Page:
Culture Object

objects context history who cares


March 22 - June 10, 2023

We are perpetually imagining ways to change the world to suit us. The manipulation of matter is what we do, and we do it with our minds, manifest through the agency of our hands. Our dedicated focus of this pursuit produces processes, techniques, and results that are as fantastical as a particle accelerator like the Large Hadron Collider, a 27-kilometer-long tunnel, 175 meters underground, smashing particles less than a quadrillionth of a meter in size at just under the speed of light to probe the nature of physical reality. For significantly less than the cost of five billion dollars, artists directly, explicitly, and exclusively engage with this same pursuit, and they do it symbolically; they shape matter to discover and convey ideas and values. The artists in this exhibition engage in sophisticated manipulation of materials on an intimate and understandable scale using fundamental strategies for creating results are as deducible as they are visually inspiring.

What could be more intrinsically understandable than a pattern that illustrates what it is made from? NJ Roseti uses the traditional wood marquetry process to create self-referential stylized patterns of wood grain. Dissecting and recombining wood veneers into what is essentially wafer-thin jigsaw puzzles, NJ applies these rich surfaces unironically to mass produced plywood bodies. Plywood itself is a laminated layered composite of wood and wood pieces, made from sliced rotary cut logs - unraveled trees glued back together! This radical reconfiguration or reconstitution of raw material on both an industrial and a skilled hand-worked level is both subject and material in NJ’s elegant fractal-logic process.

Pushing plastic, our newest material, to its creative limits, both Elyse Graham and Daniel Wiener have developed exquisitely refined and elaborately evolved variations of traditional processes for manipulating their material. Daniel works a two-part epoxy clay by hand in its soft form, using chemical extenders to prolong working time, combined with silicone molds created from casting forms sculpted first from a more forgiving medium. While all his materials are advanced synthetics, they are commercially available, if esoteric. Once hardened, he further refines is soft sculpted work with traditional hard sculpting power tools. Elyse formulates her plastics from custom mixed and hand-colored batches. Her casting process often involves multiple molds and jigs that are repositioned throughout the process. Cast pieces are cut, reassembled and then re-cast into larger castings in a process that could be described as terrazzo-within-terazzo-within-terazzo; or as Elyse simply calls it, “Metamaterial”. The cast material itself is then also hard-worked by cutting and otherwise shaping into new forms that are again combined and assembled.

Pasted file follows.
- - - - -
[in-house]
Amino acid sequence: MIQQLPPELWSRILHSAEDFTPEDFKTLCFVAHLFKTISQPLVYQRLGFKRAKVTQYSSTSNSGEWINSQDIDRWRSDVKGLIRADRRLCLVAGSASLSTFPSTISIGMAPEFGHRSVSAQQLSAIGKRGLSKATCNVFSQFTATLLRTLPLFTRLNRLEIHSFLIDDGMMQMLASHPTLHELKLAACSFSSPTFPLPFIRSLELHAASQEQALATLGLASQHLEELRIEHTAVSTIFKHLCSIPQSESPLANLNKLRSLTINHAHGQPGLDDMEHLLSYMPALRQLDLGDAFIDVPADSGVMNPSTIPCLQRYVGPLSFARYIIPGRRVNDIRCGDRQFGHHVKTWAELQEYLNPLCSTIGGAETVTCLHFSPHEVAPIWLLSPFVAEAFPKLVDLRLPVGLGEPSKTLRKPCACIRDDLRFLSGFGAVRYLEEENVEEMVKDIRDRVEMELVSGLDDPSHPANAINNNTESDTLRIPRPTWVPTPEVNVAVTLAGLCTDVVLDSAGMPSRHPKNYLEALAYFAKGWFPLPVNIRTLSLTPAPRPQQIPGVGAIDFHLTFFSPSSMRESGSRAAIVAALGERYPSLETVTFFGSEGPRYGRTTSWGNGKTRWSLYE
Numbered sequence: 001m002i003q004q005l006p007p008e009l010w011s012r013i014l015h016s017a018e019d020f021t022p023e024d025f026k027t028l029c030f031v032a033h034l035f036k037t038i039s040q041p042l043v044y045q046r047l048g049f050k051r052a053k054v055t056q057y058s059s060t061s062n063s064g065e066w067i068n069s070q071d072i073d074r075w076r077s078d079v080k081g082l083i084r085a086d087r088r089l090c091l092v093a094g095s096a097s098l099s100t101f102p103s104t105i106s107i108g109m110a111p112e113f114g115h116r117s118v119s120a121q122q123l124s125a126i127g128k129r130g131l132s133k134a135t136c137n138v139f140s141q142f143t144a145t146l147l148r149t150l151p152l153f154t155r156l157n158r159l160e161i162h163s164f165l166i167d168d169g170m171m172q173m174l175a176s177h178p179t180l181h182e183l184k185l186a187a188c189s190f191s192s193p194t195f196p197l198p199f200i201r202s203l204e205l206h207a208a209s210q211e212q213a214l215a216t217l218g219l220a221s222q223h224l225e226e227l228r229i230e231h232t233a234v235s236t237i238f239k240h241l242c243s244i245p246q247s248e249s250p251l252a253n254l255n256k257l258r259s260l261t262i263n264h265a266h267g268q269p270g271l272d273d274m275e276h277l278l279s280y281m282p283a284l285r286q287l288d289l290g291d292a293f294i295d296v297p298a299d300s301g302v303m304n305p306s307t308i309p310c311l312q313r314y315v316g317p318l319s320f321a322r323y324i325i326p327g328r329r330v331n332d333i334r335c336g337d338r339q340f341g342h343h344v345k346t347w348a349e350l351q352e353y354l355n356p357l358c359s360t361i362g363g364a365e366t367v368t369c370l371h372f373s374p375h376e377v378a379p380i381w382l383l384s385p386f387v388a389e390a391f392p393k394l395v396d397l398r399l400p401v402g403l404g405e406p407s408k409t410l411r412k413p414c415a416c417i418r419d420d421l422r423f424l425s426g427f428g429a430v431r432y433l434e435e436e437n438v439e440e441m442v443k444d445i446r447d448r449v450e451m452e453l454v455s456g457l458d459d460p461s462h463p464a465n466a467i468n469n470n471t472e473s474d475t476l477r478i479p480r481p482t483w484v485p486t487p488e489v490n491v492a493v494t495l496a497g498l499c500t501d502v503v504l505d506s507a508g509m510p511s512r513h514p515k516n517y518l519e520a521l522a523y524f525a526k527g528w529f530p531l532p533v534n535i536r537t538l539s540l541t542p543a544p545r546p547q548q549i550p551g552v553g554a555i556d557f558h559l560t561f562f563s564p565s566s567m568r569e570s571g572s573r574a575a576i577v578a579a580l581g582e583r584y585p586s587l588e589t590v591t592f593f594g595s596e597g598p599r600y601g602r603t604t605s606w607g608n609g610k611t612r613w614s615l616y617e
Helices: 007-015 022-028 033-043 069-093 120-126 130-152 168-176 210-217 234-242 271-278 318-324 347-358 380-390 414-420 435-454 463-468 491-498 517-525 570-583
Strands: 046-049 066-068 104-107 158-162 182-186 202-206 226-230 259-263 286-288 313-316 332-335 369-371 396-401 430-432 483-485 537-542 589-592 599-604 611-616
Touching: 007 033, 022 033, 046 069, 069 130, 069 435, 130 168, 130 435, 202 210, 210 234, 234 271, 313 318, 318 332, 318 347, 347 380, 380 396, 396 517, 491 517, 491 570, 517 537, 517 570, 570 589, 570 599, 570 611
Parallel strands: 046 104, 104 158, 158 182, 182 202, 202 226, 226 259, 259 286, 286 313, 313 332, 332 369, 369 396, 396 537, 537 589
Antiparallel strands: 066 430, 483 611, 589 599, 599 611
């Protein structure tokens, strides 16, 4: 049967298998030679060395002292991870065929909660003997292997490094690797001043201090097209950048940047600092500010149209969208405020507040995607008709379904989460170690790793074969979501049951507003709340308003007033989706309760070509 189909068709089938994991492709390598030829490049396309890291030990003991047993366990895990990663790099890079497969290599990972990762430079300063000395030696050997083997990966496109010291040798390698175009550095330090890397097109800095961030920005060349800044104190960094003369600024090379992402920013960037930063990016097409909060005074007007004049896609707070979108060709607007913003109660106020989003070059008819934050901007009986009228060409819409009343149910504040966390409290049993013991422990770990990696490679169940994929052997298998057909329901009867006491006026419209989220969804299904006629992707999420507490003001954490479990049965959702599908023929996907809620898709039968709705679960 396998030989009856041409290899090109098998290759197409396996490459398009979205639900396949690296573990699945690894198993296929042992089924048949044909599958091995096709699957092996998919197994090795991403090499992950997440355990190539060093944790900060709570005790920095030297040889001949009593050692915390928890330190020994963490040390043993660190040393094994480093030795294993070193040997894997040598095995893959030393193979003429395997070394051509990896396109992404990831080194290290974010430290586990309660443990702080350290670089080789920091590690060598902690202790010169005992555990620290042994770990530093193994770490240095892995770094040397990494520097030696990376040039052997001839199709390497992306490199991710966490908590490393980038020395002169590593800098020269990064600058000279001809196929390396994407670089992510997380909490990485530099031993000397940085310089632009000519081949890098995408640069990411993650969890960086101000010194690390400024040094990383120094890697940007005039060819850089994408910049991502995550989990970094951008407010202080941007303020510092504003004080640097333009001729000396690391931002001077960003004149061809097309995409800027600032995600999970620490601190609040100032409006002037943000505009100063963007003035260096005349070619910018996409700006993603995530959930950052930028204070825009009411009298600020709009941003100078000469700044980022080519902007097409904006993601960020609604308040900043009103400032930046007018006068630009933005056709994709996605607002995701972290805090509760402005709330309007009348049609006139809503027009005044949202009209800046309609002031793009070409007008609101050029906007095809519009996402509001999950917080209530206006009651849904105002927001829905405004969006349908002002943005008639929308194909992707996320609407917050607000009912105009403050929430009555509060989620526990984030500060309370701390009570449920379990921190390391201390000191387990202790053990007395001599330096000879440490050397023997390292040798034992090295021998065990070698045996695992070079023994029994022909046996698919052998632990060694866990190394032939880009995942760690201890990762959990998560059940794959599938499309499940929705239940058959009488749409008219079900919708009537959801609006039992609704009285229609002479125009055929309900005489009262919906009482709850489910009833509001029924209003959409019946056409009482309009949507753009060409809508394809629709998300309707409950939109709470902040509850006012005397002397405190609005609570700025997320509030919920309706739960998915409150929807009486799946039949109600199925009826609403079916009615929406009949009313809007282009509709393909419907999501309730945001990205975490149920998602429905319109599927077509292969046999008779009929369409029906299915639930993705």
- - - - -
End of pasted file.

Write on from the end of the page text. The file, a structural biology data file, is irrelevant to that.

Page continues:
Ceramics is many millennia old, humankind has been shaping and hardening what is essentially mud, for over twenty-four thousand years, yet Alex Zablocki and Cory Brown are reinventing ways to shape it and explore its materiality. Alex takes the basic approach of challenging the assumed roles of the materials and the processes used to manipulate them. Glaze is a type of glass, a vitrifying layer that is traditionally painted or coated onto fired clay to apply an impermeable, cleanable, and watertight surface. To reveal the material properties of the glaze, Alex upends our expectations by casting it into bricks and strips that he assembles on and around his clay pieces and then fires only enough to bond to the body. To the clay itself, he adds an unusually pronounced ‘grog’ (mineral granules) and crushed clay to enhance texture and draw attention to the clay body. Alex then shapes the wet clay in similarly irreverent ways, for example coil-building onto molds where one might be typically expected to throw on the wheel. His demonstratively deconstructive approach is marvelously illuminating, leaving the broad strokes of his process visually accessible in the artefact of his finished work.